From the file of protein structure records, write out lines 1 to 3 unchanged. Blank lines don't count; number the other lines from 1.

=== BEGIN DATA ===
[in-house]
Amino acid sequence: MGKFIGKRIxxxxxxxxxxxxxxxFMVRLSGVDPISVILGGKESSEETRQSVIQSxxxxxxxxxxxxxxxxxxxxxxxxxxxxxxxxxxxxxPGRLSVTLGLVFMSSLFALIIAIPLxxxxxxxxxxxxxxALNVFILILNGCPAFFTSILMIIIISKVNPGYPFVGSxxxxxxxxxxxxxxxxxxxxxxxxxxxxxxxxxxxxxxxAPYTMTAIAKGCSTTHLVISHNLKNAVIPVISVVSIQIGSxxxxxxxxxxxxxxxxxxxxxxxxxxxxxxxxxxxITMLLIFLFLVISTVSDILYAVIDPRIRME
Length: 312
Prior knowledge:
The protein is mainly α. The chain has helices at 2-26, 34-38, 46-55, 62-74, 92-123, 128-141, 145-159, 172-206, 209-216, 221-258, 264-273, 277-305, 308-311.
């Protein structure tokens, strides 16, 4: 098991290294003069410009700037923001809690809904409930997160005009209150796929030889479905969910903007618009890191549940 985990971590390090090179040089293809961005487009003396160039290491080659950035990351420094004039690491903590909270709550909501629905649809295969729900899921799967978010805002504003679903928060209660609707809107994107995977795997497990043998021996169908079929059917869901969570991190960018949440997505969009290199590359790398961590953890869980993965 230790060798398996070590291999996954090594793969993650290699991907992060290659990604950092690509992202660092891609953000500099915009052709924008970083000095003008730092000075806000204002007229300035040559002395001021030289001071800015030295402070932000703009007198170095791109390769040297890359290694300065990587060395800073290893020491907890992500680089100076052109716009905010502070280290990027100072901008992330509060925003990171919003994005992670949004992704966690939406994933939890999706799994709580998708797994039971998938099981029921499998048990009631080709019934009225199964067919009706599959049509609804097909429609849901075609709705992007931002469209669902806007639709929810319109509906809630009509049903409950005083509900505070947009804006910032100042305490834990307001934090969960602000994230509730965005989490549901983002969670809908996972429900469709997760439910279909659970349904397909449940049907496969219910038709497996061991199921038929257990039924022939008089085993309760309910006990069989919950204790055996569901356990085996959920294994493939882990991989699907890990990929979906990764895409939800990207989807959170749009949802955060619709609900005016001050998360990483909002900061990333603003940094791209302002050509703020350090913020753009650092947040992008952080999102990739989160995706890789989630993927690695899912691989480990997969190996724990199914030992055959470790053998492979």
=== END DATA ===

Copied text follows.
[in-house]
Amino acid sequence: MGKFIGKRIxxxxxxxxxxxxxxxFMVRLSGVDPISVILGGKESSEETRQSVIQSxxxxxxxxxxxxxxxxxxxxxxxxxxxxxxxxxxxxxPGRLSVTLGLVFMSSLFALIIAIPLxxxxxxxxxxxxxxALNVFILILNGCPAFFTSILMIIIISKVNPGYPFVGSxxxxxxxxxxxxxxxxxxxxxxxxxxxxxxxxxxxxxxxAPYTMTAIAKGCSTTHLVISHNLKNAVIPVISVVSIQIGSxxxxxxxxxxxxxxxxxxxxxxxxxxxxxxxxxxxITMLLIFLFLVISTVSDILYAVIDPRIRME
Length: 312